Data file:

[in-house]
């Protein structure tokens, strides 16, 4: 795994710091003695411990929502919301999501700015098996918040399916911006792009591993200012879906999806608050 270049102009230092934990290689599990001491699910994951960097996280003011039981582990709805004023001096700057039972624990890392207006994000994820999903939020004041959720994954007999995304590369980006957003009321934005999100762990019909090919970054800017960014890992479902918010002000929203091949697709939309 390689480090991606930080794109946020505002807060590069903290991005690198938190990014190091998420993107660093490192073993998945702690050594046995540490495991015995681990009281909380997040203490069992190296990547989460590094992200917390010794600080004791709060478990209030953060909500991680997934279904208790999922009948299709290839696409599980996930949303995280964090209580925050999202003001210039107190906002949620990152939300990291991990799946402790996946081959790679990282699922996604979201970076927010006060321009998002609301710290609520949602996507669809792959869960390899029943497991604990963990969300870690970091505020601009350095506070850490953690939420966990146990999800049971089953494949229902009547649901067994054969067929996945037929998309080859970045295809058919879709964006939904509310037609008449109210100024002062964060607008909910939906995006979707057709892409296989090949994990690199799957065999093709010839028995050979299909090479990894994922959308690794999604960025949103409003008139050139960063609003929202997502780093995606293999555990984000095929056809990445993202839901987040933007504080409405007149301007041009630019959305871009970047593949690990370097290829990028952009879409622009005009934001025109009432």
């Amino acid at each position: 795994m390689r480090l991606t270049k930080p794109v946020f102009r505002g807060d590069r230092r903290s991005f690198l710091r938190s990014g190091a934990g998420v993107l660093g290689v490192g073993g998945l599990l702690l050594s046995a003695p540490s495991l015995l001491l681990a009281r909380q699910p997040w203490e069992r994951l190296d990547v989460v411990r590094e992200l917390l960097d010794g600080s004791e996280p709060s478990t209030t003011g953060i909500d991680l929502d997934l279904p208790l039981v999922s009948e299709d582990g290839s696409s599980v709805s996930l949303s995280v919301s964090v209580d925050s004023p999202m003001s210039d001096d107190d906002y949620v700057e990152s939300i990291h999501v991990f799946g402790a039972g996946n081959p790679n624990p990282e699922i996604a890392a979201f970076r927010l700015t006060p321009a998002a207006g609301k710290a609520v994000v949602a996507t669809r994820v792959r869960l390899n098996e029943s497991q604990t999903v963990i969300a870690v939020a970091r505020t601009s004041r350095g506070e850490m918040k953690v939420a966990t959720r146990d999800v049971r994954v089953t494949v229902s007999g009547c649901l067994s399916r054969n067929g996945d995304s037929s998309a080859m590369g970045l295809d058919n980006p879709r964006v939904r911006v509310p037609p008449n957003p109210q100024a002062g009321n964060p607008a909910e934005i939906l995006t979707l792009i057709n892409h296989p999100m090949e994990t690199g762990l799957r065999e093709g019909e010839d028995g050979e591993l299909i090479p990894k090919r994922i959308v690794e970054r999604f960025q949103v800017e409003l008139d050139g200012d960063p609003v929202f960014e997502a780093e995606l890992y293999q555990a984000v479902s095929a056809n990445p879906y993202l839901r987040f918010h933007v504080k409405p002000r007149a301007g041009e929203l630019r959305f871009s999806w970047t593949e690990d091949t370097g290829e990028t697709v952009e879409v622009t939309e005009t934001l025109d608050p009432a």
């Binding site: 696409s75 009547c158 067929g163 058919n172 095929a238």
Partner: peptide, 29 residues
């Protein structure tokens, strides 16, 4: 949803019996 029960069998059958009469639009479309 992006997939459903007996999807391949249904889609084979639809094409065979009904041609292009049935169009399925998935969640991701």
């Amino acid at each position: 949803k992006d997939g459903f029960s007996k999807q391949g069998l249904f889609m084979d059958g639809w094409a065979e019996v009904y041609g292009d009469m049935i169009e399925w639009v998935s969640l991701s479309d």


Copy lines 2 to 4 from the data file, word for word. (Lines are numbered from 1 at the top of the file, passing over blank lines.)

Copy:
């Protein structure tokens, strides 16, 4: 795994710091003695411990929502919301999501700015098996918040399916911006792009591993200012879906999806608050 270049102009230092934990290689599990001491699910994951960097996280003011039981582990709805004023001096700057039972624990890392207006994000994820999903939020004041959720994954007999995304590369980006957003009321934005999100762990019909090919970054800017960014890992479902918010002000929203091949697709939309 390689480090991606930080794109946020505002807060590069903290991005690198938190990014190091998420993107660093490192073993998945702690050594046995540490495991015995681990009281909380997040203490069992190296990547989460590094992200917390010794600080004791709060478990209030953060909500991680997934279904208790999922009948299709290839696409599980996930949303995280964090209580925050999202003001210039107190906002949620990152939300990291991990799946402790996946081959790679990282699922996604979201970076927010006060321009998002609301710290609520949602996507669809792959869960390899029943497991604990963990969300870690970091505020601009350095506070850490953690939420966990146990999800049971089953494949229902009547649901067994054969067929996945037929998309080859970045295809058919879709964006939904509310037609008449109210100024002062964060607008909910939906995006979707057709892409296989090949994990690199799957065999093709010839028995050979299909090479990894994922959308690794999604960025949103409003008139050139960063609003929202997502780093995606293999555990984000095929056809990445993202839901987040933007504080409405007149301007041009630019959305871009970047593949690990370097290829990028952009879409622009005009934001025109009432």
């Amino acid at each position: 795994m390689r480090l991606t270049k930080p794109v946020f102009r505002g807060d590069r230092r903290s991005f690198l710091r938190s990014g190091a934990g998420v993107l660093g290689v490192g073993g998945l599990l702690l050594s046995a003695p540490s495991l015995l001491l681990a009281r909380q699910p997040w203490e069992r994951l190296d990547v989460v411990r590094e992200l917390l960097d010794g600080s004791e996280p709060s478990t209030t003011g953060i909500d991680l929502d997934l279904p208790l039981v999922s009948e299709d582990g290839s696409s599980v709805s996930l949303s995280v919301s964090v209580d925050s004023p999202m003001s210039d001096d107190d906002y949620v700057e990152s939300i990291h999501v991990f799946g402790a039972g996946n081959p790679n624990p990282e699922i996604a890392a979201f970076r927010l700015t006060p321009a998002a207006g609301k710290a609520v994000v949602a996507t669809r994820v792959r869960l390899n098996e029943s497991q604990t999903v963990i969300a870690v939020a970091r505020t601009s004041r350095g506070e850490m918040k953690v939420a966990t959720r146990d999800v049971r994954v089953t494949v229902s007999g009547c649901l067994s399916r054969n067929g996945d995304s037929s998309a080859m590369g970045l295809d058919n980006p879709r964006v939904r911006v509310p037609p008449n957003p109210q100024a002062g009321n964060p607008a909910e934005i939906l995006t979707l792009i057709n892409h296989p999100m090949e994990t690199g762990l799957r065999e093709g019909e010839d028995g050979e591993l299909i090479p990894k090919r994922i959308v690794e970054r999604f960025q949103v800017e409003l008139d050139g200012d960063p609003v929202f960014e997502a780093e995606l890992y293999q555990a984000v479902s095929a056809n990445p879906y993202l839901r987040f918010h933007v504080k409405p002000r007149a301007g041009e929203l630019r959305f871009s999806w970047t593949e690990d091949t370097g290829e990028t697709v952009e879409v622009t939309e005009t934001l025109d608050p009432a």
């Binding site: 696409s75 009547c158 067929g163 058919n172 095929a238």